Why Does Running a Marathon Make You Poop? And How Many Runners Poop Their Pants?

Michelle Stein - Author

Apr. 21 2023, Published 2:20 p.m. ET

a group of people running a marathon
Source: Getty Images

Running a marathon is not for the weak of heart — or for the weak of sphincters.

Those who have attempted to complete a 26.2-mile race know that sometimes nature calls at inopportune times. In fact, here's an underlying fear among many runners that they might poop their pants in the middle of an event in front of thousands of other people. (Because let's face it, they never have enough port-a-pots.)

But why does running a marathon make you poop, anyway? Let's take a closer look.

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Why does running a marathon make you poop?

The urge to poo while running a marathon quite common. In fact, the phenomenon is often referred to as "runner's diarrhea." Others aptly call it the "runner's trots."

digital drawing of poop
Source: Getty Images
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There are a number of reasons running a marathon makes you poop. For starters, a shift in blood flow occurs. "During physical exercise, the increased activity of the sympathetic nervous system (SNS) redistributes blood flow from the splanchnic organs to the working muscles," a 2012 review published in the National Library of Medicine explains. "A severely reduced [blood flow to the abdominal gastrointestinal organs] may frequently cause GI ischaemia."

This causes symptoms such as abdominal pain, diarrhea, nausea and vomiting, and more.

Another contributing factor to runners prairie-dogging-it during a marathon has to do with the anal sphincter taking a back seat to other muscle groups. (You know, like leg muscles.)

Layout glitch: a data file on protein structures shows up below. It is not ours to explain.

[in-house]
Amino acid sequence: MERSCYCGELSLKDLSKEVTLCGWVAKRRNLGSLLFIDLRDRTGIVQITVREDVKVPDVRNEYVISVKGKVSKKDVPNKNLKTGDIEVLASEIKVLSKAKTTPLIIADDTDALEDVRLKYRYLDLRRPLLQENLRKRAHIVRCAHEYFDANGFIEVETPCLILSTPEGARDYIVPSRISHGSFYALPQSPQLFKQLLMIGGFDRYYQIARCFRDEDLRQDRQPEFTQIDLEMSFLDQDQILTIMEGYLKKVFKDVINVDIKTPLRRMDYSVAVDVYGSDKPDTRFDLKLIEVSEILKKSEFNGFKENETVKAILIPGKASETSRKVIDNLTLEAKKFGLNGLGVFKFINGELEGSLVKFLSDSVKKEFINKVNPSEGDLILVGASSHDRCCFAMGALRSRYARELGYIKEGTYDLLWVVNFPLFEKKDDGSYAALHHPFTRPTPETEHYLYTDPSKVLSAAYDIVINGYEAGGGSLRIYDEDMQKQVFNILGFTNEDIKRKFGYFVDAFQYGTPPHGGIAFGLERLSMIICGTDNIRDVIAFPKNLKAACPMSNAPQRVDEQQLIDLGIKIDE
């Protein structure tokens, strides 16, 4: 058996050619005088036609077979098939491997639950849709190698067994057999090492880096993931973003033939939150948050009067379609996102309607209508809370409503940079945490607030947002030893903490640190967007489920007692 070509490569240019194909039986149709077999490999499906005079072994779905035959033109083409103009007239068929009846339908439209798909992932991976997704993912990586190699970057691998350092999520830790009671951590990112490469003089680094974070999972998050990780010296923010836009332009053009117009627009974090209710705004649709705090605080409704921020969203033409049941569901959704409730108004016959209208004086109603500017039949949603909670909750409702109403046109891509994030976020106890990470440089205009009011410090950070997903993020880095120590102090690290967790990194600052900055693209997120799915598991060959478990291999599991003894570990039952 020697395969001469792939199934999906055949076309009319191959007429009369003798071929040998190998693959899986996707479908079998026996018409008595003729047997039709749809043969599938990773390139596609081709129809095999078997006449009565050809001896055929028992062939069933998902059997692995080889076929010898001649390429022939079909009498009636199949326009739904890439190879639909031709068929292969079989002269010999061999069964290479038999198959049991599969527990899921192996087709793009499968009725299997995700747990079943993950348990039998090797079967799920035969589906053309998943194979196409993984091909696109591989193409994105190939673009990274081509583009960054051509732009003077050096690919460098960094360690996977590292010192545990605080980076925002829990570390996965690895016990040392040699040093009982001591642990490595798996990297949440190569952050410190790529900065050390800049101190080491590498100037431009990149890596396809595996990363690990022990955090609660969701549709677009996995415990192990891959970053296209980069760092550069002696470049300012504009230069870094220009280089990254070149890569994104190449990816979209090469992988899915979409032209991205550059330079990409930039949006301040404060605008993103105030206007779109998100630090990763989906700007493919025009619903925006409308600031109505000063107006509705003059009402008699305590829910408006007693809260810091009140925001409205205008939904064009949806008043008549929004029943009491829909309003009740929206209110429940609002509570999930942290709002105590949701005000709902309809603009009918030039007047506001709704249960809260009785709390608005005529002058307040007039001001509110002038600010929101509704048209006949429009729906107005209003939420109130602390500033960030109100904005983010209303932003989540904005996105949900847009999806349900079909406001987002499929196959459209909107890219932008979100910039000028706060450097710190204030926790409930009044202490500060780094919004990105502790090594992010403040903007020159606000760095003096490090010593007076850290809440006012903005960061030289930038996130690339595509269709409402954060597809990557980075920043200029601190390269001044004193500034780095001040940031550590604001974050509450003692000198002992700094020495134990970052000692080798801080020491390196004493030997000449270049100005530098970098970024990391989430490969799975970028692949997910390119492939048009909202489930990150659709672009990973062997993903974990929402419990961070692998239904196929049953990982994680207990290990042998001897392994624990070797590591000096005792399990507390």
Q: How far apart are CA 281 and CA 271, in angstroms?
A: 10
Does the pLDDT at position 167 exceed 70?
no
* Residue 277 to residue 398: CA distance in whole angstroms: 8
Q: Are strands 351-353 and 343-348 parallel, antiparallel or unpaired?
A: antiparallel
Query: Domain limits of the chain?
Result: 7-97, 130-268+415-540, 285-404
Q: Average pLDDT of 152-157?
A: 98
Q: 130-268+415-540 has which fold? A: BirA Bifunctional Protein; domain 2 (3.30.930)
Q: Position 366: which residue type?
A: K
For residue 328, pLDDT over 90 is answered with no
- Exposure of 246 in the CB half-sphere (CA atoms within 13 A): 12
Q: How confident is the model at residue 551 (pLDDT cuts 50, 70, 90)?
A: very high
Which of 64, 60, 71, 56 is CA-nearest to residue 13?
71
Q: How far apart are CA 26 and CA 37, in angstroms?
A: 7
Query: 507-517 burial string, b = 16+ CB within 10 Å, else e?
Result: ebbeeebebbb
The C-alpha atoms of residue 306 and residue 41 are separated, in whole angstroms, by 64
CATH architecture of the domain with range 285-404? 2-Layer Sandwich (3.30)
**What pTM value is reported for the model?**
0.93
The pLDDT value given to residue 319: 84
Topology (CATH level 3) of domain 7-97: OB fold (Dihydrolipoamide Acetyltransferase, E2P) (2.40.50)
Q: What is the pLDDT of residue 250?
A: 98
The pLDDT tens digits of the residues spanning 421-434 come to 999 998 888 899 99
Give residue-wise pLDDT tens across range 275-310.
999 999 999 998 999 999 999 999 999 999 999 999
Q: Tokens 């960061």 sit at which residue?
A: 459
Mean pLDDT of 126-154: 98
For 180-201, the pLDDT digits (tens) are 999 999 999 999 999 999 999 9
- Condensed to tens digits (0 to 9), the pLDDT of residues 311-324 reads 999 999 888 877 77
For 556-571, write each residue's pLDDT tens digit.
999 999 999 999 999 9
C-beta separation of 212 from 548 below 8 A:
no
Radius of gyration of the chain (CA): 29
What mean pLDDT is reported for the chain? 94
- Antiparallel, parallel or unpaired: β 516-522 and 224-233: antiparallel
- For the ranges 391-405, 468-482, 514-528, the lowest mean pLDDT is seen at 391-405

"Someone in the middle of a strenuous physical activity, it’s really hard to voluntarily keep the muscle closed while engaging in other activities with other muscles in the legs and pelvis," Michael Dobson, DO, a colon and rectal surgeon at Novant Health in Charlotte, N.C., told Mental Floss in 2021. "You can’t control the muscle when using muscle.”

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There's also the rhythmic sloshing of the contents of your stomach and jostling of intestines while running — both of which don't exactly help the poo situation.

a woman holding a sign that reads "We love you, don't shit your pants."
Source: TikTok/@shitsavestheworld
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How many runners poop their pants?

According to a study published in 1992 in the National Library of Medicine, folks experiencing gastrointestinal distress before, during, and after long-distance running is pretty common. The study asked 109 long-distance runners about their poo habits in relation to the sport. Here's what it found:

  • 62 percent said they had stopped to poop while training
  • 43 percent said they had nervous diarrhea before a race
  • 51 percent said they had diarrhea after a race
  • 12 percent reported pooping their pants while running
  • These instances often involved abdominal pain and rectal bleeding.

Furthermore, "any form of 'runners' diarrhea was unrelated to age, previous intestinal infection or food poisoning, food allergies, or dietary fiber."

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Woman holding a sign that says "Dom't go trust a fart" at a marathon
Source: TikTok/@melissaortiz5

Marathon poop photos and videos have gone viral through the years.

Warning: Click on links to poop photos at your own risk.

Unfortunately for everyone involved, there is no shortage of photo and video evidence of marathon runners having publicly crapped their pants or actively squatting to drop the kids off at the pool.

A recent viral poop incident from the 2023 Boston Marathon involved video of a runner defecating in someone's front yard.

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At the 2005 London Marathon, Paula Radcliffe had to stop multiple times to poop in front of not only a crowd but also TV cameras. But hey, she ended up finishing in first place for women. So she made a strategic decision.

Another infamous poop photo went down at the 1982 World Ironman Championship in Hawaii when Julie Moss pooped her pants.

Who could forget Micke Ekvall, who experienced a case of the runner's trots and subsequently pooped his pants during the Göteborg half-marathon in 2008?

The bottom line? S--t happens — and for long-distance runners, it happens fairly frequently during marathons.

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